Take planned rest days on a regular basis (such as weekly) and you will minimize your chances of taking longer periods of forced rest due to injury or burnout.

Periodization of Rest Days

Contrary to what some people may think, the harder you train for a race, the more you need a complete rest day. While you may be able to skip a rest day during base building due to the lower intensity and mileage, the hard workouts and higher mileage of race-specific training require more recovery.

For female runners, you may notice that you need more rest days shortly before your period or at the onset of menstruation. During the luteal phase (the 12-16 days between ovulation and menstruation), progesterone surges, leaving you more fatigued. Your workouts will also feel harder during this time (again, thanks to high hormone levels). More attention to rest and recovery can help you balance your training with your high hormones during the luteal phase. 

There are times in life where more rest days are necessary: on vacation, after a race, after a physically demanding event like labor and delivery or surgery (we’re talking rest weeks in this case, not just days), when you are sick, or during high-stress times. When in doubt, take a rest day – too much rest may leave you slightly under-trained, but pushing your body too hard, too often will leave you injured, overtrained, or sick.

Rest days are only one factor in recovery – cutback weeks, sufficient sleep, and nutrition contribute to recovery as well.

Linking up with Coaches’ Corner and Wild Workout Wednesday

How often do you take a rest day?

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6 Responses

  1. Rest days are so important! I take at least one a week and on that day I do pretty much nothing- if I take it on Sunday I barely get up from the couch all day. Its a nice way to physically and mentally reset after a tough week. When the weather is nicer I do like to get outside for a short walk. Foam rolling is perfect to do on a rest day as well.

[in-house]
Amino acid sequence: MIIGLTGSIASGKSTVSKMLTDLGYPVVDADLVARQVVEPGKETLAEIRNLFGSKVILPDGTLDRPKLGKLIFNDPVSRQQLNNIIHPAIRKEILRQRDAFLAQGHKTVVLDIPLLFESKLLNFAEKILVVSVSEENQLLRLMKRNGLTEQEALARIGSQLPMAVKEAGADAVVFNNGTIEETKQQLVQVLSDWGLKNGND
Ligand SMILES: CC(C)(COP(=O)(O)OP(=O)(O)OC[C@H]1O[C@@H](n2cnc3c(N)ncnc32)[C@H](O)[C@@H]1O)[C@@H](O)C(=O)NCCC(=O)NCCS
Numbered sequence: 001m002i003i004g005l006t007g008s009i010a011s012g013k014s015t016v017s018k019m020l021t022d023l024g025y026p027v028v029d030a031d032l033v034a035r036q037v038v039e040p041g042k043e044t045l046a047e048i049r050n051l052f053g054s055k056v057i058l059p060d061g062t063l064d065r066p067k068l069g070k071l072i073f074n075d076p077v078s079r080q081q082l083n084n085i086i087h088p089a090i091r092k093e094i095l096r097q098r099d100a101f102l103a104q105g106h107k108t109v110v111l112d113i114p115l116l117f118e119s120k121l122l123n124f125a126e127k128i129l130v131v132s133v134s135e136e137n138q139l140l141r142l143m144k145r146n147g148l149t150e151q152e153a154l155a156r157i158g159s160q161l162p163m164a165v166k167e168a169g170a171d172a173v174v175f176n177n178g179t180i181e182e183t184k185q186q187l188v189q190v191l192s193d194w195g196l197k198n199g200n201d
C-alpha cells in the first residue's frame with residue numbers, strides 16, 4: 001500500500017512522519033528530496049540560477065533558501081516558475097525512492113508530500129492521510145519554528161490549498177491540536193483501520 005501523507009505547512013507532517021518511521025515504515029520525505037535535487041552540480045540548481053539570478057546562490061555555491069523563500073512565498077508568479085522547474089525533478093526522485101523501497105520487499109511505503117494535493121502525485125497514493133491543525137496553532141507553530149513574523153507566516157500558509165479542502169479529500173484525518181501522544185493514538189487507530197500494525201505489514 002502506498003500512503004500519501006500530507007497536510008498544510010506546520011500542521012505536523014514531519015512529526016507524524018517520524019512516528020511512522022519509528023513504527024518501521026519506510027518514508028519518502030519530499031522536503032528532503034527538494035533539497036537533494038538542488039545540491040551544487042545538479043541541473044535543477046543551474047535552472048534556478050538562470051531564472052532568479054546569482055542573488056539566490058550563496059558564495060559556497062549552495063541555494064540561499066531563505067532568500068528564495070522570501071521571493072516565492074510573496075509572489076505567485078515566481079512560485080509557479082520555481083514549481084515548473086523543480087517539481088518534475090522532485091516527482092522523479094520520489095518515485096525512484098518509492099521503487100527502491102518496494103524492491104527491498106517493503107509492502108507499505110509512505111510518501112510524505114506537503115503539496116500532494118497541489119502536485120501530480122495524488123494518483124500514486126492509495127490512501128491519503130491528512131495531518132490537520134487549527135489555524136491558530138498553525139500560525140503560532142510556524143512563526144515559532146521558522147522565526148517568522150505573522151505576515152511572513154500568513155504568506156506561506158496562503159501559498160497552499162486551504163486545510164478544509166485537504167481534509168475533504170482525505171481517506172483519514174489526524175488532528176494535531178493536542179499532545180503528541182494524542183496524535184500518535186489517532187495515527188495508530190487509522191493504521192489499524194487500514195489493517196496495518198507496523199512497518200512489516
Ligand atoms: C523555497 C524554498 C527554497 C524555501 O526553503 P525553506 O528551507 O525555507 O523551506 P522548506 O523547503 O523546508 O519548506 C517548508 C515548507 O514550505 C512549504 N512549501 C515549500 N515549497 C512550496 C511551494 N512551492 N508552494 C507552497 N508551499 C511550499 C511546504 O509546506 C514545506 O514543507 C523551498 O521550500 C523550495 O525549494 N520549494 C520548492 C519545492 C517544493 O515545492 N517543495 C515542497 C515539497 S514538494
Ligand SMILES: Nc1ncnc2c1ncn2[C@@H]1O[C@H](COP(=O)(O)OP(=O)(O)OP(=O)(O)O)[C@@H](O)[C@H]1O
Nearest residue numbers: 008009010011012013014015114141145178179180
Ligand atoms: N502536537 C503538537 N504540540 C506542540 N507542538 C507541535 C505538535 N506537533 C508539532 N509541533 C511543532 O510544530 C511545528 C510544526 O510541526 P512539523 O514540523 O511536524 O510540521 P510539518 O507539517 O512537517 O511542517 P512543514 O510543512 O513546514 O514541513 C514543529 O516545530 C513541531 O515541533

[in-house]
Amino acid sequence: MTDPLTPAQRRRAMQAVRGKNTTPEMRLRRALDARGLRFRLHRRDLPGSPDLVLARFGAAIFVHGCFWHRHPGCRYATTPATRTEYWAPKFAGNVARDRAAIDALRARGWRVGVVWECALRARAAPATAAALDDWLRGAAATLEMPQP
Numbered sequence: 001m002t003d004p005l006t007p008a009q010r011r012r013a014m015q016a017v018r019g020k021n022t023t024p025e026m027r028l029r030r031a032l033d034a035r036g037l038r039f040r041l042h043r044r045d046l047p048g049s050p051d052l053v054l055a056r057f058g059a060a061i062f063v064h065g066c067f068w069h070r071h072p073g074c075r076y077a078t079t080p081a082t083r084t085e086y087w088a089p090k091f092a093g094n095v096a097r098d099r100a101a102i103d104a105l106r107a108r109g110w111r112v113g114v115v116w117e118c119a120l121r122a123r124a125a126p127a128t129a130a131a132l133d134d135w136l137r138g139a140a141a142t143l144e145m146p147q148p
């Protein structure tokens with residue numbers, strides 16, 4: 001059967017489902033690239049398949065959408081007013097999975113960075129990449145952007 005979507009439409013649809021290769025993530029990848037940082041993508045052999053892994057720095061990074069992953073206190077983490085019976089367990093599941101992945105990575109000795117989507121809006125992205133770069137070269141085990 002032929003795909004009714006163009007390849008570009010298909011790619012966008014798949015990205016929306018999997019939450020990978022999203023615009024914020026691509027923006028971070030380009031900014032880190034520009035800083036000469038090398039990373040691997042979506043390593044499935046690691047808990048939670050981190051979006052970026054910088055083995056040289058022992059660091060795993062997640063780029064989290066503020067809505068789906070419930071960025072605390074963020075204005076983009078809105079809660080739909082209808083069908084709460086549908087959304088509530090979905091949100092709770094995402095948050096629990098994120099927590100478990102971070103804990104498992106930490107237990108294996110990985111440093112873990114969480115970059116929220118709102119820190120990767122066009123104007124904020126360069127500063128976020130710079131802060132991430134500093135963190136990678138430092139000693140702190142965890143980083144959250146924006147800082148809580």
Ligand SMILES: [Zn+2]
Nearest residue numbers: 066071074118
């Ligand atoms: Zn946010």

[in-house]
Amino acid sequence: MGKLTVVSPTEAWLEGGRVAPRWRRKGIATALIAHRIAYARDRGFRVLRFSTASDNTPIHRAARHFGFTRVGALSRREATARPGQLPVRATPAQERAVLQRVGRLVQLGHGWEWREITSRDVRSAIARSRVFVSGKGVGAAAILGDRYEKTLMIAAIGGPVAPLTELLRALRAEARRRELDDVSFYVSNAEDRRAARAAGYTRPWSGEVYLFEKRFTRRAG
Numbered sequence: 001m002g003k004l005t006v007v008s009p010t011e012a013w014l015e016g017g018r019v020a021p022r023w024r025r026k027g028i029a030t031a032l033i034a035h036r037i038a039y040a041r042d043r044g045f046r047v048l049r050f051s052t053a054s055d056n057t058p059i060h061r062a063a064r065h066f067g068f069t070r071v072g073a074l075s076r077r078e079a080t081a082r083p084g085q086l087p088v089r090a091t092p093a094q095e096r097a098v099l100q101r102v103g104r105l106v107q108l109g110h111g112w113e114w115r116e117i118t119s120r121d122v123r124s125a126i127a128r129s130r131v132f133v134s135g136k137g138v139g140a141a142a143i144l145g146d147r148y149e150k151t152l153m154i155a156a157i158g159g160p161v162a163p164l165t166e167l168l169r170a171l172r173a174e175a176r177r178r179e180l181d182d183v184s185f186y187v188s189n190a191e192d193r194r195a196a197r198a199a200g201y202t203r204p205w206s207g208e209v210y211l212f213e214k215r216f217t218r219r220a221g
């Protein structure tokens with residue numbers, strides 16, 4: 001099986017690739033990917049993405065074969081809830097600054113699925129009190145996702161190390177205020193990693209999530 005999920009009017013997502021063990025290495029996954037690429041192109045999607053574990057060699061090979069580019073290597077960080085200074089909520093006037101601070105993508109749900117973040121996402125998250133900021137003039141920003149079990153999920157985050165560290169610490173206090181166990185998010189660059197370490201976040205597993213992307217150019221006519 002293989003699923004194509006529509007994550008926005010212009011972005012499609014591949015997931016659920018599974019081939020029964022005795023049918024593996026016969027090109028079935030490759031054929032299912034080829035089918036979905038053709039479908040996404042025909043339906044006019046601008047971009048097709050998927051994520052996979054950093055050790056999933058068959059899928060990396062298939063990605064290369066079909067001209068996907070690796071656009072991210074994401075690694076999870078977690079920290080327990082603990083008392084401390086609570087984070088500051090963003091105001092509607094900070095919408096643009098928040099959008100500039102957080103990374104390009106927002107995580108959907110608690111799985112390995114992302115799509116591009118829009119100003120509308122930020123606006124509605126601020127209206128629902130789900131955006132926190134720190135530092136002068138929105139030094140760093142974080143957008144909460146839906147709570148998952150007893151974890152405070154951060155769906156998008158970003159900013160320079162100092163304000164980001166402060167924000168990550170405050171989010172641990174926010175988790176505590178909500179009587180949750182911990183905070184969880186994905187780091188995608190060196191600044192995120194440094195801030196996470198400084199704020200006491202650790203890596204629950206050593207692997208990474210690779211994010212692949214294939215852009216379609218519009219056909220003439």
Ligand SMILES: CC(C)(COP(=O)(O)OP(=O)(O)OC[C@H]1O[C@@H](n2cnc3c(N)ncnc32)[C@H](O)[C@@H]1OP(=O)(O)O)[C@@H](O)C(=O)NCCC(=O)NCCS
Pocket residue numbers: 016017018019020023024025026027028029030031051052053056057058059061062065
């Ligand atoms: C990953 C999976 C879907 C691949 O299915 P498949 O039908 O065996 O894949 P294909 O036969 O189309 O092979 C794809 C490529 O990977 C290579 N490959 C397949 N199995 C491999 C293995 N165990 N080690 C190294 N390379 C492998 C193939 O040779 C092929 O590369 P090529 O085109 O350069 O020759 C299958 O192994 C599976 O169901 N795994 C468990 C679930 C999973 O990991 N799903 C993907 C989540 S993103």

2. I take one rest day each week. This past Sunday was my rest day but we did snowboard. To me, snowboarding doesn’t feel like a workout unless I’m at a mountain with long runs and mushy snow. Then it’s work! I look forward to rest days because it’s a mental break from running and working out in general that leaves me refreshed.

  3. This was one of my hardest lessons to learn! When I very first started trying to qualify for the Boston Marathon, I hire d coach after an epic failed first attempt. His first question after looking at my training log was “where are your rest days?” Needless to say, we added them (and some other major tweaks) and I qualified on my second attempt. Ever since, I have been treating rest days with the importance of speed days, tempo days and long runs. It ALL counts the same.

  4. such a great, informative post. It’s funny – I was always so confused by people who never took rest days and then slowly I noticed over the years that I wasn’t taking enough of them either. Right now I’m back to running less and resting more – and I feel so much better (not even realizing that I didn’t feel great before!). Too much of anything is just not good for us.

  5. I’m so glad to see someone else promoting rest days! It’s really important to let your body repair your muscles before you beat them up again. Even if you’re committed to a run streak, you CAN take a rest day–do your easy mile, and devote the rest of your time to recovery activities.